Democratic presidential candidates former Vice President Joe Biden and Senator Elizabeth Warren (AP Photo/Elise Amendola/Jessica Hill/Salon)

Elizabeth Warren climbs past Bernie Sanders to second place in post-debate poll

Former Veep Joe Biden maintains his perch atop the crowded Democratic primary field in the latest NBC News/WSJ poll


Matthew Rozsa
September 18, 2019 10:05PM (UTC)

While former Vice President Joe Biden maintains his perch atop the crowded Democratic primary field in a new national poll conducted in the wake of last week’s primary debate, Sen. Elizabeth Warren of Massachusetts edges past Sen. Bernie Sanders of Vermont to claim the runner-up slot by a double-digit margin.

The latest NBC News/Wall Street Journal poll finds Biden in first place, with the support of 31 percent of Democratic primary voters. That’s a five-point increase from his standing in July. But Warren is approaching the frontrunner’s heels, with 25 percent of voters’ support. That figure represents a six-point increase from her standing in the previous survey.

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Both candidates are trailed by Sen. Bernie Sanders of Vermont, who earns 14 percent of voters’ support after earning 13 percent in July; South Bend Mayor Pete Buttigieg, who is at 7 percent now and was at the same mark in July; and Sen. Kamala Harris, who has fallen by eight points to 5 percent after notching 13 percent in July.

But only 9 percent of Democratic respondents say their minds were made up, indicating the current results are volatile and thus could change.

"While there are some conflicting numbers from different polls, the bulk of the data we have suggests that Elizabeth Warren has surpassed Bernie Sanders for second place in the Democratic presidential primary mix behind Joe Biden," Kyle Kondik, managing editor of Sabato’s Crystal Ball, told Salon by email. "Warren’s support has been building throughout the calendar year, and she benefits from the early primary schedule because Iowa and New Hampshire — the first two contests — are overwhelmingly white. Therefore, Biden’s strong support among African-American voters won’t help him in those two states.”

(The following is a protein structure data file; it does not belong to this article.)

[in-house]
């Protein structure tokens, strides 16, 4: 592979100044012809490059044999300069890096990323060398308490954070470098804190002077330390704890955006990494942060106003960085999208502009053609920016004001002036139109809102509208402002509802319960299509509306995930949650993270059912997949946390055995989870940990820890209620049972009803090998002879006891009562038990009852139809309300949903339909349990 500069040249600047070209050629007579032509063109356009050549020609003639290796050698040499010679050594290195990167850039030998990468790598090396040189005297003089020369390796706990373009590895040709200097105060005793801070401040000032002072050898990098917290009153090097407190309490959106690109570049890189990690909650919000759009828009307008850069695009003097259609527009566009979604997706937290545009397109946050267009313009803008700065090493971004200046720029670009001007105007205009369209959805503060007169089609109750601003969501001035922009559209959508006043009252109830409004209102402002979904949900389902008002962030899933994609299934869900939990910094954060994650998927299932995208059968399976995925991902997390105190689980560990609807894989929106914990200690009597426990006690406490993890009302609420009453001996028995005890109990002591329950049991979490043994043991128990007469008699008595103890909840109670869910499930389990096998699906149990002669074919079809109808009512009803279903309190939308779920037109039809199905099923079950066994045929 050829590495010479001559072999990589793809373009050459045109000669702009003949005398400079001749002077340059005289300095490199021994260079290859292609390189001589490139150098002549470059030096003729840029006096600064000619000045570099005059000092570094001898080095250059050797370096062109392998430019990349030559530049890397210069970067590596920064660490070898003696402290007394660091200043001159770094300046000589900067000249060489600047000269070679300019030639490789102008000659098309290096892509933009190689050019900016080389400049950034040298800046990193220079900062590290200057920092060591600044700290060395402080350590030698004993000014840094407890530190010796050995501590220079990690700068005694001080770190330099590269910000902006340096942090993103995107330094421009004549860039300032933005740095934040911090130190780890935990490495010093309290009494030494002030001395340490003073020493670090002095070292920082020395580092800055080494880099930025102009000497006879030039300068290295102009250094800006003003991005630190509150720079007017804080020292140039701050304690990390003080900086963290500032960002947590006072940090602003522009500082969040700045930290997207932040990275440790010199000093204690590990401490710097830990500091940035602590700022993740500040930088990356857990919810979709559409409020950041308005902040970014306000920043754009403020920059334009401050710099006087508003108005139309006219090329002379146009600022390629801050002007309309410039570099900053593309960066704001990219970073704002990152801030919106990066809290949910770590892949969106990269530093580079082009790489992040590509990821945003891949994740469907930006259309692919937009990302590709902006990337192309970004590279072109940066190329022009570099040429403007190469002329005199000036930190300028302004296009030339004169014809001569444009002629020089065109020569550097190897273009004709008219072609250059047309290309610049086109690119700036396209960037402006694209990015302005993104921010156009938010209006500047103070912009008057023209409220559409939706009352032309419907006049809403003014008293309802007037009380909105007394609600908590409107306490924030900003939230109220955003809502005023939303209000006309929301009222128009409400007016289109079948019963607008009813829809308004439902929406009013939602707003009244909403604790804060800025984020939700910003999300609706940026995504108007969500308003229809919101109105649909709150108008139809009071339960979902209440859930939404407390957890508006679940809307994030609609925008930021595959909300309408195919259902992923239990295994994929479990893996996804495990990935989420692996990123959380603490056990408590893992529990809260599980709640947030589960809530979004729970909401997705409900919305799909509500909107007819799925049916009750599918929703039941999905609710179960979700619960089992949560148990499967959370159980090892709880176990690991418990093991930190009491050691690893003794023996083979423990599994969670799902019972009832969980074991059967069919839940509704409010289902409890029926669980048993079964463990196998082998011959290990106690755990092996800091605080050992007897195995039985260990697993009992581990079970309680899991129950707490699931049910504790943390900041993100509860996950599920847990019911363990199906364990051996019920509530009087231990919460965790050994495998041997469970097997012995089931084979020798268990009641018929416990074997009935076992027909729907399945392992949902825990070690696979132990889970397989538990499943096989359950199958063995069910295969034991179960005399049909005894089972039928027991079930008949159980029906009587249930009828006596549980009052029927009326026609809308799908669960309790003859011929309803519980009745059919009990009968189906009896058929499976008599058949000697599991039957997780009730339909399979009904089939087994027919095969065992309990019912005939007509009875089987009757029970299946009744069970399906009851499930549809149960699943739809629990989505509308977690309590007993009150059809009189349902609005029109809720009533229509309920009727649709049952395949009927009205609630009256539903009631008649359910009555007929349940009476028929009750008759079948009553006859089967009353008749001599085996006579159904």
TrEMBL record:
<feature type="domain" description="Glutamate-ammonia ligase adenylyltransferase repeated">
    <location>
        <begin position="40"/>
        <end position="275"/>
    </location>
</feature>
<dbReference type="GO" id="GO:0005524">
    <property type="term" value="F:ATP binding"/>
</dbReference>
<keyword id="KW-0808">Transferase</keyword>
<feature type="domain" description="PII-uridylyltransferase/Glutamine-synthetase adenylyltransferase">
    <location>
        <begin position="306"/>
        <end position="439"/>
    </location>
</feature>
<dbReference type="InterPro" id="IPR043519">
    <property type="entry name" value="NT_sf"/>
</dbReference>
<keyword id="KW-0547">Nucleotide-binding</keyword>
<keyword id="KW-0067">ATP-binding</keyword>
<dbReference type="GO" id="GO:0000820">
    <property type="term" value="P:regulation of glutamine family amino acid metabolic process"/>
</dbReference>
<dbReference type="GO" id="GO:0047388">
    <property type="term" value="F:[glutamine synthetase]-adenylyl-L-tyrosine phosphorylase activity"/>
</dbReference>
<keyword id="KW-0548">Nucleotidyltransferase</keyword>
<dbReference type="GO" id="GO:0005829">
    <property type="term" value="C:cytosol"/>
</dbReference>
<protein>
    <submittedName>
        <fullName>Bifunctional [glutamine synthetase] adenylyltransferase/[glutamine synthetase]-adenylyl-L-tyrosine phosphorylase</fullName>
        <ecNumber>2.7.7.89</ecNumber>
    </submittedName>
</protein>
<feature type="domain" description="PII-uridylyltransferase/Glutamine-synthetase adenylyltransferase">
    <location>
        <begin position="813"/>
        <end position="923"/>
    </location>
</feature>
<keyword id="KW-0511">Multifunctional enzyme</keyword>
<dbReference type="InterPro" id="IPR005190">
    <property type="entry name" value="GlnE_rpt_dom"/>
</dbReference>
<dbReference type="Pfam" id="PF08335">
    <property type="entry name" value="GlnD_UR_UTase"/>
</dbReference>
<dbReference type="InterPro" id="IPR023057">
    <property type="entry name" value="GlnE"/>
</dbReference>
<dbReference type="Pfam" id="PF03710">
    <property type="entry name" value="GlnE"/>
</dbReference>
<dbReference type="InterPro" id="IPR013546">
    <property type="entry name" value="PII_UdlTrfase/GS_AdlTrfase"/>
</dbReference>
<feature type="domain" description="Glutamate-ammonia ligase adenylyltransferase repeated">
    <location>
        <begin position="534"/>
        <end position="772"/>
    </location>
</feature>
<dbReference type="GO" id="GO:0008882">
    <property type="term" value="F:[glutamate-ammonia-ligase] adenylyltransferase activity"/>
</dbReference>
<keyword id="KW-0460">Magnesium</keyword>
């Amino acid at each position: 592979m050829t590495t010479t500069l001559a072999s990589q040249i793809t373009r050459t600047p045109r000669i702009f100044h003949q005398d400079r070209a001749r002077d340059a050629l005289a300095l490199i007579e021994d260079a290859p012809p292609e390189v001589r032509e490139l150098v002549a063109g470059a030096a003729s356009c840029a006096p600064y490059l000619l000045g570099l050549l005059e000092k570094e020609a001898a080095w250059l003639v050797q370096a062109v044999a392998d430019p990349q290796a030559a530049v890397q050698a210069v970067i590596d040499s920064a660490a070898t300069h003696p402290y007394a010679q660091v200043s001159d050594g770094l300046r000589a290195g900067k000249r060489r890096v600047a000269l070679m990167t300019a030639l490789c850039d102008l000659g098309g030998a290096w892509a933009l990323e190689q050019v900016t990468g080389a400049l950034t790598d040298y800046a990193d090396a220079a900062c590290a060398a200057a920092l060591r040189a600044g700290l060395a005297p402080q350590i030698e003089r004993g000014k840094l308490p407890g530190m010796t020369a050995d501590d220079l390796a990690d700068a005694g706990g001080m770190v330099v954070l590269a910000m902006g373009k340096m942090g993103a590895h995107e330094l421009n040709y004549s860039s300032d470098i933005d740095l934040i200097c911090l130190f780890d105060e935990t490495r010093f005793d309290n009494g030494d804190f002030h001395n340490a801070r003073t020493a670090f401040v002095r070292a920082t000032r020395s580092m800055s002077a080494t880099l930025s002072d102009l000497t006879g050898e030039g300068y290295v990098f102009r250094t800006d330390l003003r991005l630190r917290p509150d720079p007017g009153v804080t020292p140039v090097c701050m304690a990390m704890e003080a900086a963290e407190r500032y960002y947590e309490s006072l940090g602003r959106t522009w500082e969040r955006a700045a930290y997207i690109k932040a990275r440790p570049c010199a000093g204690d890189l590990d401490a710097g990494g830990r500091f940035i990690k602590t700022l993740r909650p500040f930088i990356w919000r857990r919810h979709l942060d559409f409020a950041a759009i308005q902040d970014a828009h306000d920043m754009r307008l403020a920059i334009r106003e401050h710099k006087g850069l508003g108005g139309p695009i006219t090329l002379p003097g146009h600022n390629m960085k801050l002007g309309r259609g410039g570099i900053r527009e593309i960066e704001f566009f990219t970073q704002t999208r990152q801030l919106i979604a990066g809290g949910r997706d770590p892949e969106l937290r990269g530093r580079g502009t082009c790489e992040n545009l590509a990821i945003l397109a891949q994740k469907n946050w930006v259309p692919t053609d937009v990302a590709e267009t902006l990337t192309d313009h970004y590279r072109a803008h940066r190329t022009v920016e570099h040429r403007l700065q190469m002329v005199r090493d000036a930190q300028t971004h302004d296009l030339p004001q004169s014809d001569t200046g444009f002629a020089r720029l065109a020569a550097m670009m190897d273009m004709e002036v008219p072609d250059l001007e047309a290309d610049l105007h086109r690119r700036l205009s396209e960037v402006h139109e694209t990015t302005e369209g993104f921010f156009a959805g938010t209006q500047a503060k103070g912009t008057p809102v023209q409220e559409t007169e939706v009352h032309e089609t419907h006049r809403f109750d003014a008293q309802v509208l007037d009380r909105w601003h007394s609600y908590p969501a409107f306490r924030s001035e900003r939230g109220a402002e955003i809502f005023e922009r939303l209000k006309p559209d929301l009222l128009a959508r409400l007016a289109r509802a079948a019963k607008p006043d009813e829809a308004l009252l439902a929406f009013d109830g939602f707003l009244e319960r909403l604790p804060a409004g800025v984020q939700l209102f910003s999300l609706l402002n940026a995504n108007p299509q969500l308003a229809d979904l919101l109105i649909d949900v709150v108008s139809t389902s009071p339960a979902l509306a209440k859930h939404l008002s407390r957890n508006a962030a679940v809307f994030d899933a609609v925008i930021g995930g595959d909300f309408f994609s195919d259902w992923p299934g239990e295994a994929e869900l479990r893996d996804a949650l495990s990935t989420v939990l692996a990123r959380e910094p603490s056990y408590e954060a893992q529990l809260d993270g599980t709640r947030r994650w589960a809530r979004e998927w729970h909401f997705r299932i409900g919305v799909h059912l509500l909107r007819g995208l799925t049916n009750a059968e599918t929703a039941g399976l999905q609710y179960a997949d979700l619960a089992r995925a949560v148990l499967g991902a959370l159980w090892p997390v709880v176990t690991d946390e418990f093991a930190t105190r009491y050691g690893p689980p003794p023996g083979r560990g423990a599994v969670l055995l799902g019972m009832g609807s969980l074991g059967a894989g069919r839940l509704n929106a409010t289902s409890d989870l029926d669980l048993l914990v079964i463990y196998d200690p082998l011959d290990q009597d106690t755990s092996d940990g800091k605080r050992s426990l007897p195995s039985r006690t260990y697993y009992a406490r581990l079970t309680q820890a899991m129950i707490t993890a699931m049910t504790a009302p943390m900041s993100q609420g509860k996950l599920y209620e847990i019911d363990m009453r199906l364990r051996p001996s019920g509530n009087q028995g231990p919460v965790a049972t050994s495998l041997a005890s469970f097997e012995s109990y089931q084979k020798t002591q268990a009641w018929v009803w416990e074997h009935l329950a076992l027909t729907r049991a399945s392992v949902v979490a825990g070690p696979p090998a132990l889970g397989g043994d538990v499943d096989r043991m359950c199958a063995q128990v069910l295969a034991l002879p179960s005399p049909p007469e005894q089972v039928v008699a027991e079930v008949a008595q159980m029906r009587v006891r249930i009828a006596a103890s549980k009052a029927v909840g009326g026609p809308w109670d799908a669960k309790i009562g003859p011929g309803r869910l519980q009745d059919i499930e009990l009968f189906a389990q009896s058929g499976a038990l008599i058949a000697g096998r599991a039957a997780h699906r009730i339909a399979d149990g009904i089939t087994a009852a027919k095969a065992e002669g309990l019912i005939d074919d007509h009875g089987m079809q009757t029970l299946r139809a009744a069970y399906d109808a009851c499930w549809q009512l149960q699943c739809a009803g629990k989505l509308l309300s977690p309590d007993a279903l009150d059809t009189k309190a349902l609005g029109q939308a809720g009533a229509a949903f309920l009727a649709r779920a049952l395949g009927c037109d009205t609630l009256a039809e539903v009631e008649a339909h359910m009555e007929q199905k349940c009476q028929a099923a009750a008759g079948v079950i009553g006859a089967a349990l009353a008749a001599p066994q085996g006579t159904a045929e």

”However, Sanders remains among the top contenders, too, and Biden may yet benefit from the two of them splitting more liberal Democratic primary voters,” Kondik continued. “There’s also enough time remaining that other candidates may see their fortunes improve, as well."

Philip Bump of the Washington Post further spelled out the good news for Warren in the new poll.

"Looking a bit deeper, though, something else becomes obvious: Warren is in a much better position than it might seem at first glance," Bump said on Wednesday. "For example: She is now the top choice when poll respondents’ second choices are taken into account. In July, she trailed Biden both overall and when first and second choices were combined. Now, she’s the first or second pick of 45 percent of respondents."

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He added, "The implication of that is significant. The number of people who have Warren as their second pick is growing — so if other candidates stumble, drop out or (later on) lose, Warren will gain more support than other candidates. About a fifth of respondents have Warren as their second choice, while 16 percent say that of Sanders."


Matthew Rozsa

Matthew Rozsa is a breaking news writer for Salon. He holds an MA in History from Rutgers University-Newark and is ABD in his PhD program in History at Lehigh University. His work has appeared in Mic, Quartz and MSNBC.

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